The people lingering in the garish hallways of the Drouot auction house seem suddenly to move faster as the time arrives. Middle-aged men in plaid shirts and sagging khakis, old women falling into ruin, stand -- or, if they can, sit -- just outside the door of Salle 14.
I take them in as the escalator bears me towards them. Who will be my rivals? The handrail is sticky with fingerprints and sweat, it moves haltingly, like a sick, worn serpent. I am careful not to touch it. I descend and take my usual place, to the left of the door. I’ll be one of the first inside.
I’ve barely marked my catalogue. There are a few alluring items: helmets, decorations and such, some firearms that I know to be valuable though I’ve never had much use for them. But my intentions are turned entirely to Lot 112, a sabre cast at the end of 18th century. It’s a beautiful weapon, its blade decorated with mythical figures in blue inlaid steel.
I take my seat, and a young girl sits next to me. Not beautiful, but with something interesting in her gaze. Smart, merry, but maladroit. I met her one evening coming out of the cinema. She asked me where the Conciergerie was, her American accent drawing out the vowels. And in spite of myself, I showed her, memories trailing me. She was young, very young, she’d lived less than 25 years. But she liked old things, she said, and so I invited her here.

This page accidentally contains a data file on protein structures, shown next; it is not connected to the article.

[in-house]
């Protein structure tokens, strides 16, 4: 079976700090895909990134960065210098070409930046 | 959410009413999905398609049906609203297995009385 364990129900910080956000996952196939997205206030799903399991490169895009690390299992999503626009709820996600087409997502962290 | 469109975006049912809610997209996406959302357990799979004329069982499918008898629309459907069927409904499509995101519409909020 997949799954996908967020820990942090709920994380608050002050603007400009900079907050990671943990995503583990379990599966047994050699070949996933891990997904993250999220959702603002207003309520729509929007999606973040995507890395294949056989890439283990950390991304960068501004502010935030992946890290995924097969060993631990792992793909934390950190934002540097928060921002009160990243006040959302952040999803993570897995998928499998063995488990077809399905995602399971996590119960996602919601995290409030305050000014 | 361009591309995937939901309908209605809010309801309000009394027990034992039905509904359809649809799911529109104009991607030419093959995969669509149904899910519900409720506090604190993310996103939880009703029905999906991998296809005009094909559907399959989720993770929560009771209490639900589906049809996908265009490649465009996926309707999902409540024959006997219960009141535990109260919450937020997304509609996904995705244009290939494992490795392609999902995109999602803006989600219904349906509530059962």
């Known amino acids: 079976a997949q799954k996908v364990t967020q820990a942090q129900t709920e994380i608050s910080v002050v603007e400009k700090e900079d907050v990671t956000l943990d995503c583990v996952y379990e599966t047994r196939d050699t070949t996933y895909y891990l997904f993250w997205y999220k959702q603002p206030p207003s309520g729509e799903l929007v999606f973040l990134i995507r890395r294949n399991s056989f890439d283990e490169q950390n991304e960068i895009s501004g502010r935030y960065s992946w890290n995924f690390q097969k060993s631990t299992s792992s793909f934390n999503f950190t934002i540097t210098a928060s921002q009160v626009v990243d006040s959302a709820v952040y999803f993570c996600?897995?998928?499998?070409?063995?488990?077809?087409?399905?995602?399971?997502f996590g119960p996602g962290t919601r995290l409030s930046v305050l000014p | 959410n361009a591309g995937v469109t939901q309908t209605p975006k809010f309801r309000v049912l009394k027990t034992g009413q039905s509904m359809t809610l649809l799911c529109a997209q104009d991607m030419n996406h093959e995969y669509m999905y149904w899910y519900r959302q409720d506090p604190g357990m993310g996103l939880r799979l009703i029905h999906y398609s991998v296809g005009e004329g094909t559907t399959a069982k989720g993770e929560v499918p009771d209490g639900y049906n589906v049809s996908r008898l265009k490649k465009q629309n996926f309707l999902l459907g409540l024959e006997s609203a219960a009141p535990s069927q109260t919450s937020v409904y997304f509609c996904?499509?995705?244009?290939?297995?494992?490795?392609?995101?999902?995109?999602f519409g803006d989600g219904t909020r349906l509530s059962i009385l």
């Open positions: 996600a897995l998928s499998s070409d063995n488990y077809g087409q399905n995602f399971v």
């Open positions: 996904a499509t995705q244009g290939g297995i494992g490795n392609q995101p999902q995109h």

“Will you get the sword?” she asks now, her little body squirming with excitement.
“I don’t know,” I murmur casually, “I hope so.”
The auction begins. The bids go quickly. Some items fetch good prices, and others…others, nothing at all. When this happens, a sadness fills me, like a drop of something cold splattering onto my heart. An auction at Drouot, the truest Vanitas. That medal may have cost you dearly, a limb, your life, and now ignorant individuals bid on it -- starting at 30 euros, no, then 20…10…5? Rétiré.
The girl beside me makes a sound under her breath. I am surprised; she feels the sadness, too, though she is young, very young.
And now, at last, the sword. The bidding begins at 900. Once we took pride in the beauty of a uniform, or a coat. But today, my rivals are dressed shabbily. I, in my dark suit and crimson, Italian-collared shirt, put them to shame. I see it in the young girl’s eyes.
But it matters little now: their voices work, and these are crying out more and more quickly.